World Class Antiques Magazine - Vol. 1, No. 3, December 2015
Christmas Record Collector

Christmas Records Collector

One of the joys of being a collector of Christmas material is the large number of different categories in which you can specialize. Decorations, lights, advertisements, wrapping paper, miniature figures for Christmas village scenes, creche figures or Coca-Cola material. The list is endless.

One area that will provide a lifetime of searching is Christmas records. Christmas singles and albums recorded and released in the last 90 years would fill a very large book. From 1926-1957, favourites of the Christmas season were released on heavy 78RPM records. Sold singly or in many instances in full albums that contained two, three, or four records. The 78s were eventually replaced by the vinyl long-playing 331/3RPMs. In addition, many Christmas single hits after 1949 were issued on the popular 45RPM vinyl records.

Christmas records have been recorded by famous artists, unknown artists, groups, and many were instrumental with full orchestras or just organ and chimes. After World War II, Christmas was recognized by companies, department stores, and other organizations as a perfect way to not only advertise their product, but to provide customers with records as a thank you gift for purchasing automobile tires, batteries, phonographs, or making purchases at a specific store. It was an advertising tool to create repeat customers, not only in the holiday season, but for the rest of the year...

Some holiday movies were created around certain songs that would remind the viewer of the good times of Christmas past and present. The movie and the songs would often become a seasonal favourite. The popular Christmas song received its greatest boost during World War II with the introduction of "White Christmas". The song was written by Irvin Berlin in 1940. Its fame came about when Bing Crosby sang it in the 1942 musical movie Holiday Inn. He sang it as a duet with Marjorie Reynolds and the song won an Academy Award in 1943. What everyone thinks of as the original recording of "White Christmas" is not in fact the original, but a second recording made on March 19, 1947. The master of the original had been copied so many times that it was no longer useable. So Bing Crosby had to record a second one and it is this master recording that is heard every holiday season.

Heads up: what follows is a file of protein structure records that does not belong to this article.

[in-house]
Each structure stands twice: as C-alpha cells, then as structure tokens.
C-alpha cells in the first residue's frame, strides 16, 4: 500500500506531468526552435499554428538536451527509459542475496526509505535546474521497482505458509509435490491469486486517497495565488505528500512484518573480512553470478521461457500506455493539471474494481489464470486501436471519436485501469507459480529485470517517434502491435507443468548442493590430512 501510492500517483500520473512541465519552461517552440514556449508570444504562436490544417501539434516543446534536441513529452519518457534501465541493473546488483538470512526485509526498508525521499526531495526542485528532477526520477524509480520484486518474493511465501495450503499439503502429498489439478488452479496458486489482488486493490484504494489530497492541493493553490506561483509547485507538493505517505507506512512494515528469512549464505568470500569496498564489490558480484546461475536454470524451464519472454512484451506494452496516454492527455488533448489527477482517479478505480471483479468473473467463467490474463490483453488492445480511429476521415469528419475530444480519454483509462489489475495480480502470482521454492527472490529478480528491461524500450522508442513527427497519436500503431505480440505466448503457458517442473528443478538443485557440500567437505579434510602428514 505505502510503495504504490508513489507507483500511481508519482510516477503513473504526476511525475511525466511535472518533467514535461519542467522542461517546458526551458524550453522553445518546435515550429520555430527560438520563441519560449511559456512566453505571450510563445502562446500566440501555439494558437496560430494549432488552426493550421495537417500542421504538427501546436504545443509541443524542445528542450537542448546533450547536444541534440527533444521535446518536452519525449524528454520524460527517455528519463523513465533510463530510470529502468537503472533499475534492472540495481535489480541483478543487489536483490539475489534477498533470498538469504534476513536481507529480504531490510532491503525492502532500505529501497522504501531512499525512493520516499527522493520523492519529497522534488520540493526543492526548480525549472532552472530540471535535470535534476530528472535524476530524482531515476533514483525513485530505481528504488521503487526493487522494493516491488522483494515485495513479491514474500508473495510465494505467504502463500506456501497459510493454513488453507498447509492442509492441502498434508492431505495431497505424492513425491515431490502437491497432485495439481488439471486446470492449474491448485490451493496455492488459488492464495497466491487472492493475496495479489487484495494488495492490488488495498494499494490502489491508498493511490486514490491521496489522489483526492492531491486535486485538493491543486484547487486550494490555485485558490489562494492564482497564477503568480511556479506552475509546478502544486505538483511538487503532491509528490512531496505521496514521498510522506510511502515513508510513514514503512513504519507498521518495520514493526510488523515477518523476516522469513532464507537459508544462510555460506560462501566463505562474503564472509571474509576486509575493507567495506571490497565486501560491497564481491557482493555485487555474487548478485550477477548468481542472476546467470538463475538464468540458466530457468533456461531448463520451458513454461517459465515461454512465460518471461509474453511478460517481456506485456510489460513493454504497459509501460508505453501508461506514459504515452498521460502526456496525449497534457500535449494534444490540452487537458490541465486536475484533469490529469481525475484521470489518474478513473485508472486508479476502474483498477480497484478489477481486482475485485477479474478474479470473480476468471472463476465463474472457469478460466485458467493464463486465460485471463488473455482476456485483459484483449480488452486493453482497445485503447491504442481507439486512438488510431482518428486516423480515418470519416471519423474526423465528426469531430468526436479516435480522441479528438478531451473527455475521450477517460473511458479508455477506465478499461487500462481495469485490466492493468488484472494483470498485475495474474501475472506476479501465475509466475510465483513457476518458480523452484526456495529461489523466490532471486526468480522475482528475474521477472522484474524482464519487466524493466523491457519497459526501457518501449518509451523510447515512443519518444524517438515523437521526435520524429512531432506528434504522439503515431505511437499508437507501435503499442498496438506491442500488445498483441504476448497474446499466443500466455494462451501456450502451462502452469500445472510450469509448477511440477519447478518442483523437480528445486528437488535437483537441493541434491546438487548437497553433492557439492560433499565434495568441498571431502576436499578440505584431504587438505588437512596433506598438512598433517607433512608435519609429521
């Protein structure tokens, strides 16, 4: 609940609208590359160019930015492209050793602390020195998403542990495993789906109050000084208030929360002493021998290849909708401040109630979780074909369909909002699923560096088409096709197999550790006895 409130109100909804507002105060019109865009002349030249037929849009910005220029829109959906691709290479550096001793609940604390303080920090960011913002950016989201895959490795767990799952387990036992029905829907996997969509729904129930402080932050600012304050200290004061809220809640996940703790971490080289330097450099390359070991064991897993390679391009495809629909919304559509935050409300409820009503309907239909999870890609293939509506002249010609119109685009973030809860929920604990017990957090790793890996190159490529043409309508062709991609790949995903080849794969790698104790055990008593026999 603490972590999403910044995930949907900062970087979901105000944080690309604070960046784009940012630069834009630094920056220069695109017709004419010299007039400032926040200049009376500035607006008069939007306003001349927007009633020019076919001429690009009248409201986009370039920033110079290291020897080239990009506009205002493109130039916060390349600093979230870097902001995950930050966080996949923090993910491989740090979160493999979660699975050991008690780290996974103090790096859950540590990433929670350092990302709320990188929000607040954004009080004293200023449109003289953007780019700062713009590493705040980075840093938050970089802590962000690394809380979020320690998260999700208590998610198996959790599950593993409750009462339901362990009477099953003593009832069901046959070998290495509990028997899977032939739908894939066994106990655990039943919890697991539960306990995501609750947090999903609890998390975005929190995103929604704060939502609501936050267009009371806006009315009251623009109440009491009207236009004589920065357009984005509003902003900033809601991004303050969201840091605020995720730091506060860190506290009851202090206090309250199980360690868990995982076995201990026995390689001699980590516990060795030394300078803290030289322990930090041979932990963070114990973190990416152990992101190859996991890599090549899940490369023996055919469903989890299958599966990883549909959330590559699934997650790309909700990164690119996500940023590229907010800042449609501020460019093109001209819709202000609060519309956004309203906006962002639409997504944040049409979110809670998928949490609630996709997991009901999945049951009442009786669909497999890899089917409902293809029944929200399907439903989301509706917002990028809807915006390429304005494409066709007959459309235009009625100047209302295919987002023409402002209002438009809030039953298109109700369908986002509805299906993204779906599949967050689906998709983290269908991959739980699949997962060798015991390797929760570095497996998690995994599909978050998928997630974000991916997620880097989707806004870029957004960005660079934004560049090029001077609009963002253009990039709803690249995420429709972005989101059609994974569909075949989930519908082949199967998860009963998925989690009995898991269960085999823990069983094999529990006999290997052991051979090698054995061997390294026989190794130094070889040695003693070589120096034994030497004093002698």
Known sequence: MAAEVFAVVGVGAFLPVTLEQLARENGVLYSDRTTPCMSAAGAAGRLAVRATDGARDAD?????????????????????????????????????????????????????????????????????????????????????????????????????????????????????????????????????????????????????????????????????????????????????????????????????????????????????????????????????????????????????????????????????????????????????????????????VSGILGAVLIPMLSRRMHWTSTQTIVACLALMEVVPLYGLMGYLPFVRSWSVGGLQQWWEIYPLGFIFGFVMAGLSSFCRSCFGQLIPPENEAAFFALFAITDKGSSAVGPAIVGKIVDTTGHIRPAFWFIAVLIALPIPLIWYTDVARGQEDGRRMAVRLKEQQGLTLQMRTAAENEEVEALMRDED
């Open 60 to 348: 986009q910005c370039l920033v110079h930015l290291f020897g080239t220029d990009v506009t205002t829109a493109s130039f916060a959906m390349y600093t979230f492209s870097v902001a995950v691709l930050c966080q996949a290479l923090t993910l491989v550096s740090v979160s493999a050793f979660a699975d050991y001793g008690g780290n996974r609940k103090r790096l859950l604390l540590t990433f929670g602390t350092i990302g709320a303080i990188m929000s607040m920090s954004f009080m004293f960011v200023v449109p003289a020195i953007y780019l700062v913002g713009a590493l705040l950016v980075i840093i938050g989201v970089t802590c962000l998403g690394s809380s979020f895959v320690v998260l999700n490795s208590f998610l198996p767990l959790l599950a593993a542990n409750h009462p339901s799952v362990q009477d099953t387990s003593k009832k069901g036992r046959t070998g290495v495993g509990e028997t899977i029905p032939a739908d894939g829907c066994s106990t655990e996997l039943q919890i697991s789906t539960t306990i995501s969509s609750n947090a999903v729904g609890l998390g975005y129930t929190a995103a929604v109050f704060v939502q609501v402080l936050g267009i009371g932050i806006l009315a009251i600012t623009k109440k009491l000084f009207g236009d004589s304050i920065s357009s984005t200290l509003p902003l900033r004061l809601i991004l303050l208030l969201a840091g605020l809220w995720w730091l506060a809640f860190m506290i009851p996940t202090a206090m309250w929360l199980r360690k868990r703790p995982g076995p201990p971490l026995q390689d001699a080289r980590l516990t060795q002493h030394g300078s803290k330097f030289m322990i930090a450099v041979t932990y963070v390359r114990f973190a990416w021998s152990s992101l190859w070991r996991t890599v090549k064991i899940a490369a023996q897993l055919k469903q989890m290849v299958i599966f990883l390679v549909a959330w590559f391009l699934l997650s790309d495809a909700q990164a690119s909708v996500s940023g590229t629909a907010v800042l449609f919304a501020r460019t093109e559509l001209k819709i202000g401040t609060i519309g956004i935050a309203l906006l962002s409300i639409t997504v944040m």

On October 4, 1943, Bing Crosby recorded "I’ll Be Home For Christmas" with the John Trotter Orchestra for Decca Records. It shot to number three on the charts and stayed there through the Christmas season, and remains a Christmas favourite. "I’ll Be Home For Christmas" became the most requested song by soldiers and their loved ones back home during World War II. Both of these hits from more than 70 years ago continue to be heard each holiday season.

In 1949, the first releases of Christmas favourites were produced on the new vinyl. 45RPMs - Christmas Hymns and Carols appeared on RCA records. It was a special 45RPM set of red vinyl records sold or given out by the local RCA authorized dealers. The RCA Red Seal Record has crossover appeal for the collector of Christmas records or the collector of company advertising material. Into the early 1950’s, vinyl 45RPM sets began to replace the heavy 78RPMs.